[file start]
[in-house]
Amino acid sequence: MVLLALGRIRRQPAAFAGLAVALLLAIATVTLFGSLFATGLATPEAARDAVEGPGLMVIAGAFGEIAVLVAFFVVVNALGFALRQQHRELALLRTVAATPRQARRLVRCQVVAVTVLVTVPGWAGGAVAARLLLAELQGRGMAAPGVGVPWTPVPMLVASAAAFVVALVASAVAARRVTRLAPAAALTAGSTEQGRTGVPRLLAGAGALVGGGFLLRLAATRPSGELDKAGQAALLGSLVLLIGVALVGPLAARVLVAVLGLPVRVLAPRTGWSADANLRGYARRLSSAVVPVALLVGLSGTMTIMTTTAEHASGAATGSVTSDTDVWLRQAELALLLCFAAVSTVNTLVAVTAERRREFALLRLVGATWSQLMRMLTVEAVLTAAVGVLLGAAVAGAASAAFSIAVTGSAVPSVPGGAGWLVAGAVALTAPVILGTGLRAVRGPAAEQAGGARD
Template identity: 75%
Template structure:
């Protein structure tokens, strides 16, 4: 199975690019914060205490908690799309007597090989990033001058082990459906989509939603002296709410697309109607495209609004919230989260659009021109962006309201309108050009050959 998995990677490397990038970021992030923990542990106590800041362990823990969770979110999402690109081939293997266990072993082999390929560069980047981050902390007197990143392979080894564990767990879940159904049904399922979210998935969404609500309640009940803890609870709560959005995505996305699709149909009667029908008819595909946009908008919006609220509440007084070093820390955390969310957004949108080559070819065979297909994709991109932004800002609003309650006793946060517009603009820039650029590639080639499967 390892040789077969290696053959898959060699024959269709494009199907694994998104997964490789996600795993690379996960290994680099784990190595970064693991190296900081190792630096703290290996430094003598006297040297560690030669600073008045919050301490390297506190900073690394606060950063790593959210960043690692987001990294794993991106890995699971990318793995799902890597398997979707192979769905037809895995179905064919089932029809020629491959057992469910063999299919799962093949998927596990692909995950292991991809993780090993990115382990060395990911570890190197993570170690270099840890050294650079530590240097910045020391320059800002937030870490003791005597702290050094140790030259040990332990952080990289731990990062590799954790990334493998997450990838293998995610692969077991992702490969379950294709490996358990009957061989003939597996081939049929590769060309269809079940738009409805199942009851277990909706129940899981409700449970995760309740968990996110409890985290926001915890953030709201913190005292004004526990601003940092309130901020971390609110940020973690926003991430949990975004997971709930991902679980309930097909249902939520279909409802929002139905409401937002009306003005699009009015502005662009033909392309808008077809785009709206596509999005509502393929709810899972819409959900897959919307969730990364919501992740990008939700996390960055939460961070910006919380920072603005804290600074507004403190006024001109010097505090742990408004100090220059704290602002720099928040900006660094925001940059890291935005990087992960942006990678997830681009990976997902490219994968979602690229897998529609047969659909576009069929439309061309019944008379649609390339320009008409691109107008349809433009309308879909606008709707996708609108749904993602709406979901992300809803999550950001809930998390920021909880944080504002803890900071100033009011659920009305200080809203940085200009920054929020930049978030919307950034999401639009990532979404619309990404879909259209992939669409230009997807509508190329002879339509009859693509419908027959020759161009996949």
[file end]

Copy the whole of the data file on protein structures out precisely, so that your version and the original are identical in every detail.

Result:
[in-house]
Amino acid sequence: MVLLALGRIRRQPAAFAGLAVALLLAIATVTLFGSLFATGLATPEAARDAVEGPGLMVIAGAFGEIAVLVAFFVVVNALGFALRQQHRELALLRTVAATPRQARRLVRCQVVAVTVLVTVPGWAGGAVAARLLLAELQGRGMAAPGVGVPWTPVPMLVASAAAFVVALVASAVAARRVTRLAPAAALTAGSTEQGRTGVPRLLAGAGALVGGGFLLRLAATRPSGELDKAGQAALLGSLVLLIGVALVGPLAARVLVAVLGLPVRVLAPRTGWSADANLRGYARRLSSAVVPVALLVGLSGTMTIMTTTAEHASGAATGSVTSDTDVWLRQAELALLLCFAAVSTVNTLVAVTAERRREFALLRLVGATWSQLMRMLTVEAVLTAAVGVLLGAAVAGAASAAFSIAVTGSAVPSVPGGAGWLVAGAVALTAPVILGTGLRAVRGPAAEQAGGARD
Template identity: 75%
Template structure:
């Protein structure tokens, strides 16, 4: 199975690019914060205490908690799309007597090989990033001058082990459906989509939603002296709410697309109607495209609004919230989260659009021109962006309201309108050009050959 998995990677490397990038970021992030923990542990106590800041362990823990969770979110999402690109081939293997266990072993082999390929560069980047981050902390007197990143392979080894564990767990879940159904049904399922979210998935969404609500309640009940803890609870709560959005995505996305699709149909009667029908008819595909946009908008919006609220509440007084070093820390955390969310957004949108080559070819065979297909994709991109932004800002609003309650006793946060517009603009820039650029590639080639499967 390892040789077969290696053959898959060699024959269709494009199907694994998104997964490789996600795993690379996960290994680099784990190595970064693991190296900081190792630096703290290996430094003598006297040297560690030669600073008045919050301490390297506190900073690394606060950063790593959210960043690692987001990294794993991106890995699971990318793995799902890597398997979707192979769905037809895995179905064919089932029809020629491959057992469910063999299919799962093949998927596990692909995950292991991809993780090993990115382990060395990911570890190197993570170690270099840890050294650079530590240097910045020391320059800002937030870490003791005597702290050094140790030259040990332990952080990289731990990062590799954790990334493998997450990838293998995610692969077991992702490969379950294709490996358990009957061989003939597996081939049929590769060309269809079940738009409805199942009851277990909706129940899981409700449970995760309740968990996110409890985290926001915890953030709201913190005292004004526990601003940092309130901020971390609110940020973690926003991430949990975004997971709930991902679980309930097909249902939520279909409802929002139905409401937002009306003005699009009015502005662009033909392309808008077809785009709206596509999005509502393929709810899972819409959900897959919307969730990364919501992740990008939700996390960055939460961070910006919380920072603005804290600074507004403190006024001109010097505090742990408004100090220059704290602002720099928040900006660094925001940059890291935005990087992960942006990678997830681009990976997902490219994968979602690229897998529609047969659909576009069929439309061309019944008379649609390339320009008409691109107008349809433009309308879909606008709707996708609108749904993602709406979901992300809803999550950001809930998390920021909880944080504002803890900071100033009011659920009305200080809203940085200009920054929020930049978030919307950034999401639009990532979404619309990404879909259209992939669409230009997807509508190329002879339509009859693509419908027959020759161009996949």